Mitchell Heights / Douglass
Mitchell Heights is one of three “Heights” neighborhoods north of Summer Avenue in Memphis, and it overlaps with the Highland Heights neighborhood to the point that next door neighbors may often give you two different names for the same neighborhood. The history of the community can be traced back to its use as part of the Pope Cotton Plantation until it was repurposed by Shelby County in the late 1880s. The Raleigh Street Car Line ran from Memphis to Raleigh and through the Mitchell Heights community in the early 1900s. This new access to public transportation sparked commercial development and facilitated housing growth. The community was officially annexed into Memphis in 1928.
Throughout its one-hundred year history, Mitchell Heights has both thrived and struggled. Although modernization and the expansion of Memphis initially helped develop the community, it also later resulted in a depletion of resources, opportunities, and community leaders as Memphis continued to expand. Resources such as the Heights CDC, United Way of the Mid South, nearby Christ Community Health Services on Broad, and Memphis Athletic Ministries (at Leawood Baptist) seek to build a stronger community where people choose to invest their lives, talents, and energy. The Heights CDC has designed a useful neighborhood asset map to give an overview of these resources and more.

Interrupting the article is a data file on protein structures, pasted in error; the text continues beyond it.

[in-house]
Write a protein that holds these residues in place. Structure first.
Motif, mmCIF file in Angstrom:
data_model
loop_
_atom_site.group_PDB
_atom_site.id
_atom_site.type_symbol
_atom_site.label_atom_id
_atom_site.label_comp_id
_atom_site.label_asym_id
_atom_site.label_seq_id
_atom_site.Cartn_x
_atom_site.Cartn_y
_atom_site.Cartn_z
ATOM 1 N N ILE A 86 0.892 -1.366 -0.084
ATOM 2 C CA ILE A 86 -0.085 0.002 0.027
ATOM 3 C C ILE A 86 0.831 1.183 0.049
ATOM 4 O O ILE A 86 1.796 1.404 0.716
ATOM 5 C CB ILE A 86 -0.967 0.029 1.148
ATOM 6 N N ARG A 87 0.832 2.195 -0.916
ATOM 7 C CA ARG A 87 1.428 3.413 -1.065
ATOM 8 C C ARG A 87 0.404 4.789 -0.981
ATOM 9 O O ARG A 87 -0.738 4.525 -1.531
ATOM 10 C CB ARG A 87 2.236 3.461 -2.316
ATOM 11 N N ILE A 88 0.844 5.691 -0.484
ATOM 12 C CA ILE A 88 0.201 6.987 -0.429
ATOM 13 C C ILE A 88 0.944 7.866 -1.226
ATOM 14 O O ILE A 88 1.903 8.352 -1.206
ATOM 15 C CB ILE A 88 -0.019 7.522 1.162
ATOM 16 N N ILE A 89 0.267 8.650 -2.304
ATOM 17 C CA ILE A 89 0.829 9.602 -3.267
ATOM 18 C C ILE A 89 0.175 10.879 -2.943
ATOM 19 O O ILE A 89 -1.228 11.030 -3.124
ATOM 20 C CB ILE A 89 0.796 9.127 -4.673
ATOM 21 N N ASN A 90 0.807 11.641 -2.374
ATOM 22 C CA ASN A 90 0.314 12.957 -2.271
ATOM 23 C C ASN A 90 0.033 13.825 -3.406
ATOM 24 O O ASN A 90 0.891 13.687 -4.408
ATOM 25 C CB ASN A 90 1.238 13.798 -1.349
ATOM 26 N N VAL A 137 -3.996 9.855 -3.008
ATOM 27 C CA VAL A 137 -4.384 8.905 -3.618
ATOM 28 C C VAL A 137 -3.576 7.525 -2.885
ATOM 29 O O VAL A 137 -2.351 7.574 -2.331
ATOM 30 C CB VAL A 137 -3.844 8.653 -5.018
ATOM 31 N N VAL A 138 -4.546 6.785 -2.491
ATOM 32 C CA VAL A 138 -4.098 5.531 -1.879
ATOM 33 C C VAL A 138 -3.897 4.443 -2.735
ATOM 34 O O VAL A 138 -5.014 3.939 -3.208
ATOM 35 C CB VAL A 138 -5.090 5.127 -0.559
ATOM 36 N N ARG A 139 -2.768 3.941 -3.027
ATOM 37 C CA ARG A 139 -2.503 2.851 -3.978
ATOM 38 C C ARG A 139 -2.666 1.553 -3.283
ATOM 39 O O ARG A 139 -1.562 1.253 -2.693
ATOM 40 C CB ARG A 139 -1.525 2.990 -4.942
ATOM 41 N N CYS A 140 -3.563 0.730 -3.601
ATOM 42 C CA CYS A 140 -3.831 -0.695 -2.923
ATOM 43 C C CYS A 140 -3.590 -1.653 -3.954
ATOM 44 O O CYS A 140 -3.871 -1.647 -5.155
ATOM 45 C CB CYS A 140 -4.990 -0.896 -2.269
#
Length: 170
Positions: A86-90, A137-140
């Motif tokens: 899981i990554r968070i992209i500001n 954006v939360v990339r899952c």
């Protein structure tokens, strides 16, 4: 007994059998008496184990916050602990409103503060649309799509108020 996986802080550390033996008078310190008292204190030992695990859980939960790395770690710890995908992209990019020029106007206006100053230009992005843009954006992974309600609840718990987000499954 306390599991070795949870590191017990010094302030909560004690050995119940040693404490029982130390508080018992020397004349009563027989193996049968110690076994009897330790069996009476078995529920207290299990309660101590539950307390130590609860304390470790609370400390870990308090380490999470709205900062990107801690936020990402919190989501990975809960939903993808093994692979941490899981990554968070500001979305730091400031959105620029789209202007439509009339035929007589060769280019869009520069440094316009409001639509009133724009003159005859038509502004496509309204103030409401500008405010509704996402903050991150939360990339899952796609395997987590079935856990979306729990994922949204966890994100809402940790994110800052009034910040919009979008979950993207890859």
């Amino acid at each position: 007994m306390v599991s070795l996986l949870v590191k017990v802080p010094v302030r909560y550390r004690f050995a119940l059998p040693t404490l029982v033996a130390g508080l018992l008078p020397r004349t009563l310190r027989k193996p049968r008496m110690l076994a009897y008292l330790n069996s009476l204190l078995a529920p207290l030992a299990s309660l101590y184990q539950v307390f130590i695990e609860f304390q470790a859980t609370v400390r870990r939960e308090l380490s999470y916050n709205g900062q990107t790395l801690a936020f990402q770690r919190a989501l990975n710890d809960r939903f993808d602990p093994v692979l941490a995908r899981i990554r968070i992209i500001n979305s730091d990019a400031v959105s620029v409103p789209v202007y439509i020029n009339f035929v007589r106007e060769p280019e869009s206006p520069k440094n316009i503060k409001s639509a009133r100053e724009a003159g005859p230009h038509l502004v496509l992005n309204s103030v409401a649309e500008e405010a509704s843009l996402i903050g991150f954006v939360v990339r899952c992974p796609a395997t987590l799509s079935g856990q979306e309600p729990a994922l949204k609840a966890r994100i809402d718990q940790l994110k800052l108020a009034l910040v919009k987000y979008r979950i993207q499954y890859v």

MTR groups the Douglass neighborhood with Mitchell Heights because Douglass High School serves students from both communities and MTR works in both Treadwell and Douglass Middle Schools which both send 9th graders to Douglass High. The Douglass neighborhood is named after Frederick Douglass and was established over 100 years ago by William Rush-Plummer, a pastor who worked to establish multiple churches in the neighborhood. Douglass has a strong neighborhood identity since its founding as one of the first communities in Memphis where African Americans could own homes and build a community. The new Douglass High School was opened in 2008 and is one of the newer school buildings in the district—and a source of pride for the community.